We’re more concerned than ever about how our returns are generated and what our invested money is going towards.
But it wasn’t always like this.
It’s not that long ago that fund managers trotted out a variant of the line “I’m not paid to exercise ethical judgements, it’s my job to get the best return I can for my investors.”
It would only be a short while before we all realised sustainability and business viability go hand in hand.
But, with an index full of pharma, mining, weaponry and vice stocks like tobacco and alcohol, matching your morals to your money is easier said than done. Especially as some of the least sustainable examples pay some of the highest dividends.
Is it even possible to get an income away from the sectors of sin?
Here are a few options that might fit the bill. They are an illustration of the theme here and not a suggestion or recommendation that you buy or sell any of the securities mentioned.
Remember that everyone has their own goals and unique financial circumstances. These, along with your tolerance for investment risk and time horizon, should inform the mix of assets in your portfolio.
Our resource hub for investing in the stock market might be able to help make that blend a bit clearer for you and our guide on how to invest in stocks is a great start for first-time investors. And if you are still unsure of how to pick investments, speak to a qualified financial advisor.
Civitas Social Housing invests in projects with long-term leases, whose income is ultimately earned through housing benefit payments from central government.
Despite the dividend dearth elsewhere in 2020, when payments from oil and tobacco firms were dropping like flies, the mid cap trust managed to collect its full rent book.
It might carry a hefty premium but for it, you currently get a yield just short of 5%.
Another REIT in the space is Target Healthcare, which invests in UK care homes.
With life expectancies lengthening thanks to higher standards of living and constant advancements in medical technology, the time we spend in our third age is increasing too.
This means care homes are likely to have residents stay for longer, putting pressure on those already oversubscribed.
The trend could mean more consistent income streams from residents as well as the opportunity to invest in more care homes as projects pop up to service our older communities.
The trust trades at around a 5% premium but for that investors get a current dividend yield close to 6%.
Renewable energy trusts with portfolios of environment-first projects, can offer attractive opportunities for income investors like predictable revenue streams, and relatively little sensitivity to changes in the economic cycle.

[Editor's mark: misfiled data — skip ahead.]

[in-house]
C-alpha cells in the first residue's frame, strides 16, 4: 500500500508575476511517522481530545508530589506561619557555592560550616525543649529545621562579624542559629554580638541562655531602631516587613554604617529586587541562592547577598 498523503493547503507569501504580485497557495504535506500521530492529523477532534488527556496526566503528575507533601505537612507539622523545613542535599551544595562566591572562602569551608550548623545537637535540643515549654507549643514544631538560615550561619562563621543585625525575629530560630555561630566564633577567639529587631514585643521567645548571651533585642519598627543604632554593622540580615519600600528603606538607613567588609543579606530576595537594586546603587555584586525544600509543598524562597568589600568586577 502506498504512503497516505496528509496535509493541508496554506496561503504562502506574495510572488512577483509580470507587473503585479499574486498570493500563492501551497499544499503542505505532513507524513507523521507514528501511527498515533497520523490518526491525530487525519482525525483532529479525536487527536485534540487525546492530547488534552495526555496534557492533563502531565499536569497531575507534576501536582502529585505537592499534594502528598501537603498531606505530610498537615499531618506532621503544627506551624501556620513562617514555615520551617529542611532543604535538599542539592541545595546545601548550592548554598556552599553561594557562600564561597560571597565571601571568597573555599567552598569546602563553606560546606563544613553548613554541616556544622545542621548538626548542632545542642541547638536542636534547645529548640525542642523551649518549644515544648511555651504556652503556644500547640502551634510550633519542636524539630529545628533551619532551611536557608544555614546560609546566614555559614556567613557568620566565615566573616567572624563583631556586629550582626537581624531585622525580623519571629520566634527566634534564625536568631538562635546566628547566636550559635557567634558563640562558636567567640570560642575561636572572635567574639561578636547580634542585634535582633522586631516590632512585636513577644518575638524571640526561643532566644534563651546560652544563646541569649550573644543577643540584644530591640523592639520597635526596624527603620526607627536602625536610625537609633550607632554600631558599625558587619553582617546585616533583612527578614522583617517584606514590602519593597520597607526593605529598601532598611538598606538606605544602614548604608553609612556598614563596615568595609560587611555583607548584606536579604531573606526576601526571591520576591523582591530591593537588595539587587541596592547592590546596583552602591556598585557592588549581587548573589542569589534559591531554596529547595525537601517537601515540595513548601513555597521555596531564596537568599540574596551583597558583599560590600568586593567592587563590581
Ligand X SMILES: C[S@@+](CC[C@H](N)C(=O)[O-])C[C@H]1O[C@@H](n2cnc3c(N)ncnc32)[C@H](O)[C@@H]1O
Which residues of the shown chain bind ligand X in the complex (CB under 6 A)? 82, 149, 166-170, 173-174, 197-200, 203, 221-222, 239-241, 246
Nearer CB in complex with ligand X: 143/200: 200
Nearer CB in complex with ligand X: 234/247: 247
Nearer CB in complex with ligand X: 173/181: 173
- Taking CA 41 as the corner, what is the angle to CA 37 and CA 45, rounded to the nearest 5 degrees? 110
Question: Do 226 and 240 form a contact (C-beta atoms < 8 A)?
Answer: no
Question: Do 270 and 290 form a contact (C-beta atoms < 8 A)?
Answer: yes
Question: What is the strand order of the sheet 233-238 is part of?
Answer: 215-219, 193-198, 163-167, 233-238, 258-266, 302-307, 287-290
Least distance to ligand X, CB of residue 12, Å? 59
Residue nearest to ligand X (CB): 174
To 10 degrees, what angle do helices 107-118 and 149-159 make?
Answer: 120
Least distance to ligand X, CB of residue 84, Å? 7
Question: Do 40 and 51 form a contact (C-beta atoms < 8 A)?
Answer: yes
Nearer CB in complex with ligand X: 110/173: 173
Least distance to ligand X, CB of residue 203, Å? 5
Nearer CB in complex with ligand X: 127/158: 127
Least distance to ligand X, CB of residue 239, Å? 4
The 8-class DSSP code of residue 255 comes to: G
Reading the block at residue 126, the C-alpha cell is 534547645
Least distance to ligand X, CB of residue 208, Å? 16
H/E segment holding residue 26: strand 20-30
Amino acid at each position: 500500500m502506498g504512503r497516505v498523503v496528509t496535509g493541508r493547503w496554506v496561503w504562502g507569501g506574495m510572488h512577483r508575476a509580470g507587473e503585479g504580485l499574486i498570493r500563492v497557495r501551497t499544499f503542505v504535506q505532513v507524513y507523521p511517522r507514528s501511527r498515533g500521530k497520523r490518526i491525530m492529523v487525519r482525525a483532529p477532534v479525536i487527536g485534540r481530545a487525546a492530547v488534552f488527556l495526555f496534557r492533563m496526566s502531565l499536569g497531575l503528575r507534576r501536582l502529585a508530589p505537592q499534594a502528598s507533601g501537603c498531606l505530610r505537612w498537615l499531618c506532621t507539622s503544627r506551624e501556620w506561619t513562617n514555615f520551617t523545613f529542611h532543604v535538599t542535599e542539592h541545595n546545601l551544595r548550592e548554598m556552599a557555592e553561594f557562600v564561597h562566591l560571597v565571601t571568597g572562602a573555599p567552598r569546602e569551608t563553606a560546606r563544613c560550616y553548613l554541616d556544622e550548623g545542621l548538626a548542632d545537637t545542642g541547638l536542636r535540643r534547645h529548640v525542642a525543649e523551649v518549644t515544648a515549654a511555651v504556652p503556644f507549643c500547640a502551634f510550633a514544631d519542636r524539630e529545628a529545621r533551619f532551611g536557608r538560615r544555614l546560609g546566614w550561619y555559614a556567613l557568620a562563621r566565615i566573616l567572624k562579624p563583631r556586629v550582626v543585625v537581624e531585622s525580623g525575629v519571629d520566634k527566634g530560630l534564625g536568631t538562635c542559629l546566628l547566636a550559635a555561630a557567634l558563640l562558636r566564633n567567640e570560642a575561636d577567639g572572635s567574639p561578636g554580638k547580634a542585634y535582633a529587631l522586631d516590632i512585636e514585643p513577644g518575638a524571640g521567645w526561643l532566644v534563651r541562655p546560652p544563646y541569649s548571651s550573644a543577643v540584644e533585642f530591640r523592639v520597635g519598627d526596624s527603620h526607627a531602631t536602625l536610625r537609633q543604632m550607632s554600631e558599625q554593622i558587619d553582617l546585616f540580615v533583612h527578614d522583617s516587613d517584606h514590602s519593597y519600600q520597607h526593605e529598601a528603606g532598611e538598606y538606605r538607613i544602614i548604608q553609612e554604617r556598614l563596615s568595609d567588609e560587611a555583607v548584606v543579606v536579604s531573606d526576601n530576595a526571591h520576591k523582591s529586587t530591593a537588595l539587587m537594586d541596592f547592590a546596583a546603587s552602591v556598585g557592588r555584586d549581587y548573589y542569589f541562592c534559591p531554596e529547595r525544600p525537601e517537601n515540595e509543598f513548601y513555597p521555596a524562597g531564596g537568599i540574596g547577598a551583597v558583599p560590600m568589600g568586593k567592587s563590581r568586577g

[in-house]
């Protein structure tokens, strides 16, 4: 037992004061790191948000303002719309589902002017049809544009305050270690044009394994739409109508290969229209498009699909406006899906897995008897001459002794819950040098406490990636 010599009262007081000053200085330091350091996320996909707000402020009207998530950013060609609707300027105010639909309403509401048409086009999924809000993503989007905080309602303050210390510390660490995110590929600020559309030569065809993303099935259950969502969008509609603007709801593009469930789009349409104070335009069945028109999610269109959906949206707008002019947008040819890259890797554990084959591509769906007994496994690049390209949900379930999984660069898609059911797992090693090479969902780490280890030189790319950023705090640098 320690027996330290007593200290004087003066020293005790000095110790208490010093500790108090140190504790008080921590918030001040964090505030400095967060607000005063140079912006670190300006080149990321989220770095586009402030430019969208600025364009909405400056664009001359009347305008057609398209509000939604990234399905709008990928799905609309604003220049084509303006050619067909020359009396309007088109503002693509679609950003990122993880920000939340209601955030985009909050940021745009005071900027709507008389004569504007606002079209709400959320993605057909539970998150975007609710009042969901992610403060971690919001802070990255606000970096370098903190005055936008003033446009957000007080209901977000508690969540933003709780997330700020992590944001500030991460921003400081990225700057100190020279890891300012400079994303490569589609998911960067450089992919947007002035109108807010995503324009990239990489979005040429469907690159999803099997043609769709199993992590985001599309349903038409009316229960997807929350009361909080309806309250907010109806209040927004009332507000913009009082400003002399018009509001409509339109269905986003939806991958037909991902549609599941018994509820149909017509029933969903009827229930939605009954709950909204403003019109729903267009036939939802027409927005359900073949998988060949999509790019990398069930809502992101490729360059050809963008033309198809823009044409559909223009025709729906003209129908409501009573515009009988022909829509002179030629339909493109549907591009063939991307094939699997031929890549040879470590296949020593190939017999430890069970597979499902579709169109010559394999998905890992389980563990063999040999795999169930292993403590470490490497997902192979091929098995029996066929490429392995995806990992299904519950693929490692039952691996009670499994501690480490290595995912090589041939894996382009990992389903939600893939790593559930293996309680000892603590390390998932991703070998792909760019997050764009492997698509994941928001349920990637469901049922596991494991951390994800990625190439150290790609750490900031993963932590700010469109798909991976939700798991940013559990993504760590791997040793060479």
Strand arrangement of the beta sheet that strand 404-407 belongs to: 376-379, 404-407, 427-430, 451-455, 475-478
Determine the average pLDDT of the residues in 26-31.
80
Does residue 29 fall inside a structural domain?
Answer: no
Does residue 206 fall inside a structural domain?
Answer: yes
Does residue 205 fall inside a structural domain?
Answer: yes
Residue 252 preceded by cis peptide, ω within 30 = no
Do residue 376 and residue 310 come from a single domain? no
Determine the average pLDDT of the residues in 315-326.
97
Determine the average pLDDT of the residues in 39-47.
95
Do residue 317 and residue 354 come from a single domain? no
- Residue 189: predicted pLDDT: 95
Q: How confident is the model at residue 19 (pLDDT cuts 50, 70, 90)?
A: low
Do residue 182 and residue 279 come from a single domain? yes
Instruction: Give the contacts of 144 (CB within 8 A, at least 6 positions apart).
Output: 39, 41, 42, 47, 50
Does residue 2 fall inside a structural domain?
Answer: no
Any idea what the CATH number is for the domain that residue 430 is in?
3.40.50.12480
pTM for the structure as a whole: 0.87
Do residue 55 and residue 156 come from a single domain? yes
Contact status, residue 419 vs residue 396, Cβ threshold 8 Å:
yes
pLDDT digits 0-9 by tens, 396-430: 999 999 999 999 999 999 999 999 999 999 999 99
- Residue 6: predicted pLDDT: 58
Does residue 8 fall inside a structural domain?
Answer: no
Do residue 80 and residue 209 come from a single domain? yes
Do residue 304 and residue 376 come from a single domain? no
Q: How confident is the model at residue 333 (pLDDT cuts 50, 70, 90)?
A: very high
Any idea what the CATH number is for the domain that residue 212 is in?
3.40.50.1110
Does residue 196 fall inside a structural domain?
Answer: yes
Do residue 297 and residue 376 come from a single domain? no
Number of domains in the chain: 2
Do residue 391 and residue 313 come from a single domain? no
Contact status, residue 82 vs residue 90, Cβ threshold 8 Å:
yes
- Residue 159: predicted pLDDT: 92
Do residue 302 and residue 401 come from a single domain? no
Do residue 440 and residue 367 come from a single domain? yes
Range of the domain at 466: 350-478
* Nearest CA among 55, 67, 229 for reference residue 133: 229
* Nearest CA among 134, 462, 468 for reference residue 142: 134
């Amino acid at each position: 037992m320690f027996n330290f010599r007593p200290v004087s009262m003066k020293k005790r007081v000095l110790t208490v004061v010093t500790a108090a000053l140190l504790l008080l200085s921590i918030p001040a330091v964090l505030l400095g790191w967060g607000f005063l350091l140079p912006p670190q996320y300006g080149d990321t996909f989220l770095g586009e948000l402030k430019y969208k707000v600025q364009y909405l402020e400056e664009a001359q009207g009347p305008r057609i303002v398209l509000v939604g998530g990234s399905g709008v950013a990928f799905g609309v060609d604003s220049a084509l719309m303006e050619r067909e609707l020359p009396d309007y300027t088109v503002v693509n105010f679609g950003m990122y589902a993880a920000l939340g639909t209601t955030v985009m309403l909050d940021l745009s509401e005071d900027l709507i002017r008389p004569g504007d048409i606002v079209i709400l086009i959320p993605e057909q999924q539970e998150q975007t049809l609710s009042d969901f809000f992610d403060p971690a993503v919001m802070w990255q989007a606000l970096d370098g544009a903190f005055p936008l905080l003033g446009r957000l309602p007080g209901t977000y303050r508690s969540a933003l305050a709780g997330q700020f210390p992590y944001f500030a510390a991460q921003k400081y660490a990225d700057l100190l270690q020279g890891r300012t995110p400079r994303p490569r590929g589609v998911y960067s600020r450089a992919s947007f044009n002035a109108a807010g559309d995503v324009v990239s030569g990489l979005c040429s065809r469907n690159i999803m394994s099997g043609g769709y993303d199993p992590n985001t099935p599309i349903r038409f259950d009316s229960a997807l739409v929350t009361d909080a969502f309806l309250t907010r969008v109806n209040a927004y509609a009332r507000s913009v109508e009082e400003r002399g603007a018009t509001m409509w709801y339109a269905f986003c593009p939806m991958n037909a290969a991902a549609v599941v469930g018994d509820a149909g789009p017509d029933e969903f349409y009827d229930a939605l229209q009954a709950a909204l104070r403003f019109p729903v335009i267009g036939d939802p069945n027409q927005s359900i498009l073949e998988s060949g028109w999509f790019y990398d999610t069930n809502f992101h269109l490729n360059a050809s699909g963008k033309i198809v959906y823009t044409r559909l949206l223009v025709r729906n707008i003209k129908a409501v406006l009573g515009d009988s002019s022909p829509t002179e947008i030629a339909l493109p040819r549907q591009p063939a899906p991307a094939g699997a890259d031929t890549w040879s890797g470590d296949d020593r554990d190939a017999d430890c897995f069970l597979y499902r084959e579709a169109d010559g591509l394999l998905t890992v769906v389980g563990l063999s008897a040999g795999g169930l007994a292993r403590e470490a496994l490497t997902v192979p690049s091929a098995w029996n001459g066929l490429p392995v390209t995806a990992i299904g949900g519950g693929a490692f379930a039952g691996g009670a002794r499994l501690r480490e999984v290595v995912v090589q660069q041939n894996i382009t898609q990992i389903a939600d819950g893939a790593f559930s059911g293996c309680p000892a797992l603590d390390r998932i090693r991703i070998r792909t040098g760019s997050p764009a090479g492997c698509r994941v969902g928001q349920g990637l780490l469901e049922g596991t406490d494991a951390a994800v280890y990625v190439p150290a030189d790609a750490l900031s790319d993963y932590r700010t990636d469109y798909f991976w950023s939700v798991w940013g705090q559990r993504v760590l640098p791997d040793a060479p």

The global shift towards renewable energy sources is also likely to see governments around the world focus even more heavily on their journeys towards carbon neutrality.
The Renewables Infrastructure Group invests in around 70 energy projects, mainly in solar, wind and battery storage technology throughout Europe and, unlike a lot of other strategies, pays a quarterly dividend.
A 10% premium might look expensive but a 5% dividend might suit income hunters attracted to the sector.
And if you’re particularly interested in investing in wind energy there is the Greencoat UK Wind trust.
The mid cap market constituent invests in the UK’s wind farms and currently has a dividend yield above 5% too.
These firms have ESG credentials coming out of their ears but that’s not to say blacklisting firms based on ethical concerns is absolutely the best way forward.
Take that to its logical conclusion and those undesirable firms will have no shareholder voices asking them to change.
Yes, they may be regulated out of existence or fined up to the hilt but, if they go down, think about the volume of UK pension savings that will go with them.
As uncomfortable as it may be, getting into the firms from whom we need to see change could be an equally valid way forward.
Had it not been there, Exxon only really had the regulator to battle. Dutch courts told Shell to get a move on with its own green transition but think about how much faster they’d have to move if ESG-heavy dividend hunters made them.
Of course, there are firms out there paying decent dividends that don’t scream global destruction or seem to be ESG saviours either.
But without those specific ESG aims, a lot of companies can fall in and out of the category just by coincidence. They might slip into a positive rating on the environmental side but not have a direct objective to get there.
That can mean they stop being so good the next time an analyst has a look - it’s not one of their immediate aims after all. The only way to be comfortable that your companies reflect your approach to investing is to look at their core objectives, not just if they meet the grade after the last quarter’s results.
That goes for their corporate governance standards too and how well they treat the societies in which they operate. It’s easy to rule firms out on personal ethical concerns but introducing long-term sustainability to your portfolio might take a bit more effort.
How do you source sustainable dividends? Let us know on the community forum:
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